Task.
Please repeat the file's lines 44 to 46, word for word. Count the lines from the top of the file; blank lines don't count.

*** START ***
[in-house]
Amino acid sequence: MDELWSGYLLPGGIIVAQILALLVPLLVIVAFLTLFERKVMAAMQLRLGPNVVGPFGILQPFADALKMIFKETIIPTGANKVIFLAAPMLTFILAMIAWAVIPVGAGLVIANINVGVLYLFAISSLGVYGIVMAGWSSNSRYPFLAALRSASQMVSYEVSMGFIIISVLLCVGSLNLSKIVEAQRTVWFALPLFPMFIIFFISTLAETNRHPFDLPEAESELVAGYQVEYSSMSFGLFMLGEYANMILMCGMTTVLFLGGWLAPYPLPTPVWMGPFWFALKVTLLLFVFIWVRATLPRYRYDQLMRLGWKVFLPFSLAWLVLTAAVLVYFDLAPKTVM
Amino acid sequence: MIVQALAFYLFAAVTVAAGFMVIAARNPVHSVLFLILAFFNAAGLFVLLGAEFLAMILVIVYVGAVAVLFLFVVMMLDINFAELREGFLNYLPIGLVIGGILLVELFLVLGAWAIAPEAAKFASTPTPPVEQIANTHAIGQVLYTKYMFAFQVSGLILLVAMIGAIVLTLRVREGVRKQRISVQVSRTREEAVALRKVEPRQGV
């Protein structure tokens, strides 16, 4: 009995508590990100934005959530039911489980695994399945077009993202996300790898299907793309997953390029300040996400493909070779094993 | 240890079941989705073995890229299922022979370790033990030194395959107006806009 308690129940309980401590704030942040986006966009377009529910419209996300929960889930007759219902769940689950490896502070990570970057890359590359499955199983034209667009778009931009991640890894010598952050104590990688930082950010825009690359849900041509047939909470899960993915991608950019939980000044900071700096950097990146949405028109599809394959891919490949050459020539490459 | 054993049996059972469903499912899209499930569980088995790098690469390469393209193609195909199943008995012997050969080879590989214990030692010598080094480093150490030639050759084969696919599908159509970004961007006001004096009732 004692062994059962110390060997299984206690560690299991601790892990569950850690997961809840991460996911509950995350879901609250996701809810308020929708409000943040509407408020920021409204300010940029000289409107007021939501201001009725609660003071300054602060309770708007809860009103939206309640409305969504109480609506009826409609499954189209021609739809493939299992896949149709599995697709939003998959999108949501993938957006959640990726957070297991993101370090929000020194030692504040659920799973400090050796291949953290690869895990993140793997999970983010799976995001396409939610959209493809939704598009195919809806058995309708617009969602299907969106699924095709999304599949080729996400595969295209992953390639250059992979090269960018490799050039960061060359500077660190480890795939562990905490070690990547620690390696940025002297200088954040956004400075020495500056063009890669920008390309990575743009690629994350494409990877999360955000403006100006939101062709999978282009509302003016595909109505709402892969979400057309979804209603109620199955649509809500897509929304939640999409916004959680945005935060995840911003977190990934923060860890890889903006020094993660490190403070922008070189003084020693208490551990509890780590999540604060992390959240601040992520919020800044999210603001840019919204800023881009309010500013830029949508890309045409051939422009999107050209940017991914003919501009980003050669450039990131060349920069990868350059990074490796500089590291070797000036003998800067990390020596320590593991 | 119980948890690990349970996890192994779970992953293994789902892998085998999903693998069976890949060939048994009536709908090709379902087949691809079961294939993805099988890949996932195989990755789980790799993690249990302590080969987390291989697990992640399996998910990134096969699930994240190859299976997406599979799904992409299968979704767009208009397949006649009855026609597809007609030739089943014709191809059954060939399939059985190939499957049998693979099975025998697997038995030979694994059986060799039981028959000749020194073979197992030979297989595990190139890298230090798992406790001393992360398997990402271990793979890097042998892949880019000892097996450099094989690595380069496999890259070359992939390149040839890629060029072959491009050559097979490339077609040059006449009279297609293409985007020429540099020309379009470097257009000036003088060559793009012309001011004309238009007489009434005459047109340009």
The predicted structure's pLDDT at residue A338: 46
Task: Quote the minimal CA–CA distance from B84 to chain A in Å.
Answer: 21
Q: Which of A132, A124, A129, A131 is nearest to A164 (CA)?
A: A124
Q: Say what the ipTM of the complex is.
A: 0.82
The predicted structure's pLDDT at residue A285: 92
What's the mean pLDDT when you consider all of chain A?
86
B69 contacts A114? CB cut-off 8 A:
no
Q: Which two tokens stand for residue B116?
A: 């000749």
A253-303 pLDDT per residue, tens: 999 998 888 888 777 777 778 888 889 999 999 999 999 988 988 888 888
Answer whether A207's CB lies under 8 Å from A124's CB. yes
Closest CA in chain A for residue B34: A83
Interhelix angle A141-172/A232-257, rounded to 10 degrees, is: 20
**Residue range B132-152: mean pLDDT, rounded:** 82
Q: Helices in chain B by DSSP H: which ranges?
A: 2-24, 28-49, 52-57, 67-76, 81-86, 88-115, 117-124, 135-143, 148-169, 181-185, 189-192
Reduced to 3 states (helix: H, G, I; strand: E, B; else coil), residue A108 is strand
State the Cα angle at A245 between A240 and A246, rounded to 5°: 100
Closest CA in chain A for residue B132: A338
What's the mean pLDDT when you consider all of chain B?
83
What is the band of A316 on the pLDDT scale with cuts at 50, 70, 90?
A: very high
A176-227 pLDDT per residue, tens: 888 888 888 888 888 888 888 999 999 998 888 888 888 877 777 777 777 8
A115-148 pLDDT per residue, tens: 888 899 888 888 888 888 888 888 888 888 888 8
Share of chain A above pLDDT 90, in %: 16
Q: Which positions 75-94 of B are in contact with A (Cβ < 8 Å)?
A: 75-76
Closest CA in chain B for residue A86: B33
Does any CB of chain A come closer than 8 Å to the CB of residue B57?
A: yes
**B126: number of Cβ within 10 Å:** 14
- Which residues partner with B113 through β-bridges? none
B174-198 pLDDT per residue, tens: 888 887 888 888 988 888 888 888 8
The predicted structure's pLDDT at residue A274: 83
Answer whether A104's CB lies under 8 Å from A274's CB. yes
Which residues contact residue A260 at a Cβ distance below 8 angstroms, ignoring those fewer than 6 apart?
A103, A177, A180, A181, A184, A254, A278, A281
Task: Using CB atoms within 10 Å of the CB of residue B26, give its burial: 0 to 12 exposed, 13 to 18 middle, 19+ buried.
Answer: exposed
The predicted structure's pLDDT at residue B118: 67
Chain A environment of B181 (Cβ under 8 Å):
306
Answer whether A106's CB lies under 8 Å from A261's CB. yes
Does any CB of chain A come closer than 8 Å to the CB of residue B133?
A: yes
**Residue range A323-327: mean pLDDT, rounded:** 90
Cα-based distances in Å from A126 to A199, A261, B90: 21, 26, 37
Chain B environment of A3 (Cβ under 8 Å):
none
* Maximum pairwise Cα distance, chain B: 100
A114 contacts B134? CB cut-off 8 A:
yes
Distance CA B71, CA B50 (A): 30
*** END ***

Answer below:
The predicted structure's pLDDT at residue A274: 83
Answer whether A104's CB lies under 8 Å from A274's CB. yes
Which residues contact residue A260 at a Cβ distance below 8 angstroms, ignoring those fewer than 6 apart?